- A paid time-off policy is a combination of days off that an employee can take while still getting paid.
- Each state has its own restrictions and requirements for PTO policies.
- A PTO policy should include paid and unpaid leave options, accrual and rollover details, PTO request procedures, and consequences for violation.
- This article is for business owners and HR managers who want to create a legally compliant PTO policy.
Do you have an employee who is constantly calling out “sick” or taking excessive amounts of time off? While many employee absences are legitimate, recurring unscheduled absenteeism can really disrupt a business – especially if the employee is taking paid time off.
Your first instinct might be to discipline the employee, accuse them of taking advantage of the company, or even threaten to fire them. But if their reason for missing work qualifies as a legally protected absence, you could land yourself in hot water.
Tricia Meyer, founder and managing attorney at Meyer Law, noted that it’s important for employers to understand federal or state laws regarding employee leave so they aren’t creating illegal policies or making unfair demands of their workers. Learn the ins and outs of creating a smart time-off policy and handling employee absences.
What is PTO?
Paid time off, otherwise referred to as PTO, is exactly what it sounds like: It is an employee benefit in which the employer pays the employee for an allotted number of days off of work each year. Employers can choose among a variety of different paid time-off options like federal holidays, floating holidays, vacation days, sick leave, parental leave, bereavement leave, jury duty, and military leave. Employers also determine PTO policy guidelines, like who is eligible, how many days are available each year (set or unlimited), and how PTO accrues. The best PTO policy for your business will depend on your organizational and team needs.
Difference between sick leave and PTO
It is worth noting that sick leave and PTO policies can slightly differ. Paid sick leave is a specific amount of time off that can be used for injury, illness, or related reasons, whereas a paid time off policy is an all-encompassing time off bundle that can include paid sick leave.
PTO is an employee benefit in which the employee is paid for days they are not at work.
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What to include in your policy
Whether you’re writing your first time-off policy or updating your existing one, our sources recommended including a few key things.
- Employee work hours: Define the expected business hours and number of hours worked per week, as well as a clock-in/out procedure to make sure employees are meeting those requirements.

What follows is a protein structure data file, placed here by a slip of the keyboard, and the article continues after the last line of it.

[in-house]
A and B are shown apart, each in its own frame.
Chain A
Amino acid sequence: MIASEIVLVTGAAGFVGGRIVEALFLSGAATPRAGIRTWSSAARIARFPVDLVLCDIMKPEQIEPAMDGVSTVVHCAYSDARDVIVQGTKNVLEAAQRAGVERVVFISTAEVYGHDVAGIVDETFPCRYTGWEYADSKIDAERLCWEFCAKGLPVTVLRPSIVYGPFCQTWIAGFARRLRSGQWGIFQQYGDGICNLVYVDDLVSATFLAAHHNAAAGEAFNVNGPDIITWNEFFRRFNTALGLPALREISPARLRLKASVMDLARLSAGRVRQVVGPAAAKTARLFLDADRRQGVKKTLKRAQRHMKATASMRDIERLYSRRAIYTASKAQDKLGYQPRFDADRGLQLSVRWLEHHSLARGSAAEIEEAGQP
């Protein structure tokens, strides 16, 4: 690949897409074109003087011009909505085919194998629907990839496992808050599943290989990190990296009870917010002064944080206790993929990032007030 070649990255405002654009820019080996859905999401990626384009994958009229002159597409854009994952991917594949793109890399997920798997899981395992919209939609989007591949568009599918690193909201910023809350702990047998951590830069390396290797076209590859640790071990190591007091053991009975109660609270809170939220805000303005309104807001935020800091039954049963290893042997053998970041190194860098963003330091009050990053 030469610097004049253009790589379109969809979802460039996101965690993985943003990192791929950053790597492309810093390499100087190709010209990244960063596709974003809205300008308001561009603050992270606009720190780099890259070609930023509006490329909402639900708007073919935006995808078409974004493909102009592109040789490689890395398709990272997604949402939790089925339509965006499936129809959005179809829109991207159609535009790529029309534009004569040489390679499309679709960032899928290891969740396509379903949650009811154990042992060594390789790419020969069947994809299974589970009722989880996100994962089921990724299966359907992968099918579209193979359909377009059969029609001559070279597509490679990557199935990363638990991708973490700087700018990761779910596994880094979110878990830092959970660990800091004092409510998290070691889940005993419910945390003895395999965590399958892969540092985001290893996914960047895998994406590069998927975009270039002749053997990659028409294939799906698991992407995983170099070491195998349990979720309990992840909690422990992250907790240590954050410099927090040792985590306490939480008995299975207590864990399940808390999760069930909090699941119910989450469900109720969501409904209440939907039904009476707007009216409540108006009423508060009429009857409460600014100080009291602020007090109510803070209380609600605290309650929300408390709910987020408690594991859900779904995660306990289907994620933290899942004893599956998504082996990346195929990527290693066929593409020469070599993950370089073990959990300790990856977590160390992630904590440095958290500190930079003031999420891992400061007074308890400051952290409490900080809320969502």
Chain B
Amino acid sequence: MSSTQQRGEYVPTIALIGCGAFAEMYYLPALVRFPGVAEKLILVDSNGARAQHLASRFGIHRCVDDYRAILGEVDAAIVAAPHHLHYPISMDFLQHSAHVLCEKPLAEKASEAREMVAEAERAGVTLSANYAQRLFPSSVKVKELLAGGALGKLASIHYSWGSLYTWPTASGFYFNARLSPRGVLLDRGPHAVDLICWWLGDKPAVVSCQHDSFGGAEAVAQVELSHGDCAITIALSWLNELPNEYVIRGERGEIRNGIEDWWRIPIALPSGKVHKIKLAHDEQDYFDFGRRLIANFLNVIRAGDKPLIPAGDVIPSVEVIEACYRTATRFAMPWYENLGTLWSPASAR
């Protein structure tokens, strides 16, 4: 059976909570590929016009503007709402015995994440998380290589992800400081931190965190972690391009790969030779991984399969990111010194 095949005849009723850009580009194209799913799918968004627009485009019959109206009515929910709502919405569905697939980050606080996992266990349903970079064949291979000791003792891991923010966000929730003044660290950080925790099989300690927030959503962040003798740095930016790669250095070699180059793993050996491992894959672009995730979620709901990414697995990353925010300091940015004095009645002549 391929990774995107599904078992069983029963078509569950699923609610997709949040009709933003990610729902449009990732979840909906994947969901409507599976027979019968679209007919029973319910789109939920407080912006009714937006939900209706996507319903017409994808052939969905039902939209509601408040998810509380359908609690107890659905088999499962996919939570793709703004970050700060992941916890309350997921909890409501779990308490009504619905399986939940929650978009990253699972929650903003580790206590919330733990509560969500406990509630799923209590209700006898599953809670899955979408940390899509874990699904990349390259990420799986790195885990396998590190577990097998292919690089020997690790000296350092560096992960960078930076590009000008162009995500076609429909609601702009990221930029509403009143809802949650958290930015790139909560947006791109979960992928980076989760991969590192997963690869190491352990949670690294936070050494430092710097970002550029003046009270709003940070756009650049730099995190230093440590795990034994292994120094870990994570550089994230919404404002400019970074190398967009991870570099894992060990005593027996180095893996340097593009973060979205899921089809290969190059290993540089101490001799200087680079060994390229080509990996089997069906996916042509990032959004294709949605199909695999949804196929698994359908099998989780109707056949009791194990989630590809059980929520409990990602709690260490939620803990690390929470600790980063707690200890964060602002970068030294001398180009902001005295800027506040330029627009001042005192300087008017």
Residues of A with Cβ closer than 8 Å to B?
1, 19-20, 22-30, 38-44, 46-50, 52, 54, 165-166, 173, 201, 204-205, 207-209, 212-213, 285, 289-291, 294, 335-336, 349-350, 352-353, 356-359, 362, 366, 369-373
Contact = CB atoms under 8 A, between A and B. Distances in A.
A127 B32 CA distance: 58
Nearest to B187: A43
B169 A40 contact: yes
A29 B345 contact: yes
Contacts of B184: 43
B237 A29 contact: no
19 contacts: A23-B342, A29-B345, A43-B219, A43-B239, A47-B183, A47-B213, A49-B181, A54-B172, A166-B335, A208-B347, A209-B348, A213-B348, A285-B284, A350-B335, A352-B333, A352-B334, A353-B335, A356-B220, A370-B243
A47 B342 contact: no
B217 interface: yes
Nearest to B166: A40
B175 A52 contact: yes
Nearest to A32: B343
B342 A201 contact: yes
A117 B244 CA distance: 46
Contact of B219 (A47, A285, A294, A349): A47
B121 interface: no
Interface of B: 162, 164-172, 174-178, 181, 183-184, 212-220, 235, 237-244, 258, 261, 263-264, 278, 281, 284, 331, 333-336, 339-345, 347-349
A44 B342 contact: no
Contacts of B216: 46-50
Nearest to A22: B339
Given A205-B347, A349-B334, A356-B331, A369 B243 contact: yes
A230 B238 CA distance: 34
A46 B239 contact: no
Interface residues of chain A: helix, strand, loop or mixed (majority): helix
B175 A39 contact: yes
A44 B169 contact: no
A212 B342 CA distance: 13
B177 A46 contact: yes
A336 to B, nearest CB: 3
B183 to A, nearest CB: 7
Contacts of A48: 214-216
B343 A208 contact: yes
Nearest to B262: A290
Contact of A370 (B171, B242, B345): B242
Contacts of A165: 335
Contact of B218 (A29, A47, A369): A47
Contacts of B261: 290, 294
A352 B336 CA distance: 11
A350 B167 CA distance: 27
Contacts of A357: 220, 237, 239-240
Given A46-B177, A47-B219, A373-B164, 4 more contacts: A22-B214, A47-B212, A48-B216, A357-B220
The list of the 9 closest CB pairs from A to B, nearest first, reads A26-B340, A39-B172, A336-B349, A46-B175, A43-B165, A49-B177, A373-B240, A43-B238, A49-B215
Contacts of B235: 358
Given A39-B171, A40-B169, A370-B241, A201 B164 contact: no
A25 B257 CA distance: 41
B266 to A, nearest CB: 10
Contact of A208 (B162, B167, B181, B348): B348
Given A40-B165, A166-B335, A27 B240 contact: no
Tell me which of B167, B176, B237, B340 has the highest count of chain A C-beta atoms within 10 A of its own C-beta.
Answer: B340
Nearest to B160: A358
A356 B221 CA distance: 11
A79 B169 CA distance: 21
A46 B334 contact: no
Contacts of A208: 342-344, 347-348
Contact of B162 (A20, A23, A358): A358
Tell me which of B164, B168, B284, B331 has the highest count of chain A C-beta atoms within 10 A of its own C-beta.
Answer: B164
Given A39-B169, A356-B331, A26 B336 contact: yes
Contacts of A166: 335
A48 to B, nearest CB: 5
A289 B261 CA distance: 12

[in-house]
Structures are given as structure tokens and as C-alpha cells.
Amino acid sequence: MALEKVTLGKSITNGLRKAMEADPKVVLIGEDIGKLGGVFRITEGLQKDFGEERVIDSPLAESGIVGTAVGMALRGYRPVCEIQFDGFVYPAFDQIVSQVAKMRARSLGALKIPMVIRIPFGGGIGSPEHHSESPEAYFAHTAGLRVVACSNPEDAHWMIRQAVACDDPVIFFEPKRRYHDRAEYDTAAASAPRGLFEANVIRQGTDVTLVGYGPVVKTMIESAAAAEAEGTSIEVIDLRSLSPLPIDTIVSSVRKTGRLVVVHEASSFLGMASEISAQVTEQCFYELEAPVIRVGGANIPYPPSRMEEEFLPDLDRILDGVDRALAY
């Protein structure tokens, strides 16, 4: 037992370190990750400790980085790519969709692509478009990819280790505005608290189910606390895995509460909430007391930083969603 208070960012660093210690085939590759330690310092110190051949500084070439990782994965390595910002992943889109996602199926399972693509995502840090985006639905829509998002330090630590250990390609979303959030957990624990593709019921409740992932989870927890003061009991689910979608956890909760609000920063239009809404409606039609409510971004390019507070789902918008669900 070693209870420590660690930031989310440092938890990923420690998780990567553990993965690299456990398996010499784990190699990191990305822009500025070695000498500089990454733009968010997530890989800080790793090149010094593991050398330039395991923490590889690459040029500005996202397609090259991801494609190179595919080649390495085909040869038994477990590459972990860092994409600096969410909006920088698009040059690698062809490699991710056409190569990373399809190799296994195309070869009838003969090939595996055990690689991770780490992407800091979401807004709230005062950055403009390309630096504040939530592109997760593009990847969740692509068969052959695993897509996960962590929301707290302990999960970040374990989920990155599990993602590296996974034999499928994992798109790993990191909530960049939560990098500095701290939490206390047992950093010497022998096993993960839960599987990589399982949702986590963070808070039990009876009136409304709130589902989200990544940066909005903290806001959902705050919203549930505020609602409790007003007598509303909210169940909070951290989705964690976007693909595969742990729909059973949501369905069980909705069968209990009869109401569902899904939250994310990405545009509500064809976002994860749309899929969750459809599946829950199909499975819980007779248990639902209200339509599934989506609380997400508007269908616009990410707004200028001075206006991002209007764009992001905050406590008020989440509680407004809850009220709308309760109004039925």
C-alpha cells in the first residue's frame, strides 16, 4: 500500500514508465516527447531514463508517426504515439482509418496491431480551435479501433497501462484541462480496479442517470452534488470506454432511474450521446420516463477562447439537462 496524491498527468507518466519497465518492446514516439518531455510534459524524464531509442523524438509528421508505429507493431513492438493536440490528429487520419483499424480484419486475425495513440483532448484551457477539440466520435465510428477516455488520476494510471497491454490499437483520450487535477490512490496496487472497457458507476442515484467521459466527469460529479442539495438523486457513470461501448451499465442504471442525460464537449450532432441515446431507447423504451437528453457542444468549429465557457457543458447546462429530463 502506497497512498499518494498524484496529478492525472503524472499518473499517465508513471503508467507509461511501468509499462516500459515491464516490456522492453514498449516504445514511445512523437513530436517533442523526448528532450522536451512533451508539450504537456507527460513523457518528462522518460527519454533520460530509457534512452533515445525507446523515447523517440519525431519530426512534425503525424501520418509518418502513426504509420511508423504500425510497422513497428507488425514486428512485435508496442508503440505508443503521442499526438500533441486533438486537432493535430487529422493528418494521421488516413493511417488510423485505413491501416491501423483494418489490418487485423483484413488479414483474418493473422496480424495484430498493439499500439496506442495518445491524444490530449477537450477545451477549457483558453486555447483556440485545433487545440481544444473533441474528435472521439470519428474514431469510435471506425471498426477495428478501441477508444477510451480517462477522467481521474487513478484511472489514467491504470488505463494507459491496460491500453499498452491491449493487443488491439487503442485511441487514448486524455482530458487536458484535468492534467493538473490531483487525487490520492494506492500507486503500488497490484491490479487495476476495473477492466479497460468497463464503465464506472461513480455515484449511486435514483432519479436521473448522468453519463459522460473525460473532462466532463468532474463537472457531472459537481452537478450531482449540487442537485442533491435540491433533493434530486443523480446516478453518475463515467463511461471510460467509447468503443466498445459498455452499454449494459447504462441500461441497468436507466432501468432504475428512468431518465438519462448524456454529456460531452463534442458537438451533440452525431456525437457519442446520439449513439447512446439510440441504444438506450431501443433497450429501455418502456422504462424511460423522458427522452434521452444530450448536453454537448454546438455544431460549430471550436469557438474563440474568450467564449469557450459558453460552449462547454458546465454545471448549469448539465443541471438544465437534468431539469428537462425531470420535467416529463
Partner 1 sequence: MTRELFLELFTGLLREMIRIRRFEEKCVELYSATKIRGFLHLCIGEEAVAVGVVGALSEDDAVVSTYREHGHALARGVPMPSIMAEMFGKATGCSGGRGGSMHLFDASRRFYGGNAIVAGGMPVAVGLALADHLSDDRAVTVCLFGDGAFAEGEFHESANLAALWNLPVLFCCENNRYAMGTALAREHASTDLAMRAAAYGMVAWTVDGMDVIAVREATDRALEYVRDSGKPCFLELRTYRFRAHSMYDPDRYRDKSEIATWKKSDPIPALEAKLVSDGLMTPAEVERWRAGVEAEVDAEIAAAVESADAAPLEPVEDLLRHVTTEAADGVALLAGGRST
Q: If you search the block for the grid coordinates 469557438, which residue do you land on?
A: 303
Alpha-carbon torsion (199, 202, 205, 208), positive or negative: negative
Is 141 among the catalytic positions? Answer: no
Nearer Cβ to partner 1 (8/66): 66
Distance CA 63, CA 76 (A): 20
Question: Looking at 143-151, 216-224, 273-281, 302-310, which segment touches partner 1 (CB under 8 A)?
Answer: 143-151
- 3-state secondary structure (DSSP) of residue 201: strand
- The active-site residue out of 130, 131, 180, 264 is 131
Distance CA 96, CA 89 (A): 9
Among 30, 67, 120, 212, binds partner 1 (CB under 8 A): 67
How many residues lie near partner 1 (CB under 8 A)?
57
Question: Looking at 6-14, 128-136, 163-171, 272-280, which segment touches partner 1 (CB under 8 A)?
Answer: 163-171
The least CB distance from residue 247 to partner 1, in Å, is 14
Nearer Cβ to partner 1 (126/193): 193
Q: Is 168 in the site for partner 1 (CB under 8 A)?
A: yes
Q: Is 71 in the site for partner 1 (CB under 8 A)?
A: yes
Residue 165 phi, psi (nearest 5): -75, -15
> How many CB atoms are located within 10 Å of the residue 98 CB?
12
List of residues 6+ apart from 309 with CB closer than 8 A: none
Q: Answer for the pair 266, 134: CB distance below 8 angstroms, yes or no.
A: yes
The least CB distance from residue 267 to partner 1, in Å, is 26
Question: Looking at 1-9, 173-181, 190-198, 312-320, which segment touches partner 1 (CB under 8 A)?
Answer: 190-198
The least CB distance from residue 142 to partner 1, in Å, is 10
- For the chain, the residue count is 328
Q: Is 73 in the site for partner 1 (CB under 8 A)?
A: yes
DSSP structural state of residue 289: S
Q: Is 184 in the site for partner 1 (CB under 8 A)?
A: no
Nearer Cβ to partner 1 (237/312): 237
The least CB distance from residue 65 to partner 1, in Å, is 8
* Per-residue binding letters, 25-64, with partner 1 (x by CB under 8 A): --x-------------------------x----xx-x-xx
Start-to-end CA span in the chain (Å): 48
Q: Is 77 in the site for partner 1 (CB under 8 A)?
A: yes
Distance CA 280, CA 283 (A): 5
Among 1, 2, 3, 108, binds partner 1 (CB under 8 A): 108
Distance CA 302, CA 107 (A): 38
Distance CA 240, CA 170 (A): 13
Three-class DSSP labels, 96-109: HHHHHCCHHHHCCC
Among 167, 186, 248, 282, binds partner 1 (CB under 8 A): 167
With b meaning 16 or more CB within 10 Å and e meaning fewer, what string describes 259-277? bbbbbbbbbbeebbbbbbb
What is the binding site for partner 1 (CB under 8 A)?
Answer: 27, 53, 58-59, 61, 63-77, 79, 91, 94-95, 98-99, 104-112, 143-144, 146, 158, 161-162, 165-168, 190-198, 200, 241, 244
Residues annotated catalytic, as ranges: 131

- Paid and unpaid leave options: Aside from regular paid time off (including sick days, personal days, and vacation days), list out paid (or unpaid) holidays, leave periods (e.g., bereavement or jury duty), and federally protected absences like the Family and Medical Leave Act (FMLA) and disability leave. If your company has an unlimited PTO policy, explain what that means and how it should be used. “Write a clear description of what paid and unpaid leave is available for employees, including when and how they qualify for leave and how much leave they accrue each week, pay period, month, or year,” Jaime Lizotte, HR and tax compliance solutions manager at ComplyRight, told Business News Daily.
- PTO accrual and rollover policies: You need to determine employee eligibility for your PTO plan. Do all employees start each calendar year with a lump sum of paid days off, or does PTO accrual occur throughout the year? Additionally, do any of their unused paid days off roll over into the new year, or do you have a use-it-or-lose-it policy? Some states prohibit use-it-or-lose-it policies (e.g., California, Montana, Nebraska), so it is important to check your applicable state laws to see what policy options are available to you.
- Payment upon termination: There is no federal law that requires employers to pay an employee their accrued and unused vacation time if they are terminated; however, you may be subject to state PTO payout laws, depending on where your company is located.
- PTO request procedure: What is the procedure for calling in sick or notifying the company when an employee won’t be in? Should someone be notified if an employee will be late? Are employees responsible for finding a replacement for unscheduled time off? “Be sure to explain the policy for requesting leave, including any deadlines for vacation requests and blackout periods,” said Lizotte. Your policy should be shared among all employees, supervisors, and managers. Additionally, executives should be trained on how to apply it fairly.
- Consequences for violations: The last part of your policy should spell out the repercussions if an employee does not follow the policy. Include the details of your PTO policy and guidelines in your employee handbook. “Write down the steps that will be taken for various infractions, to protect your business from charges of favoritism or discrimination down the line,” said Lizotte.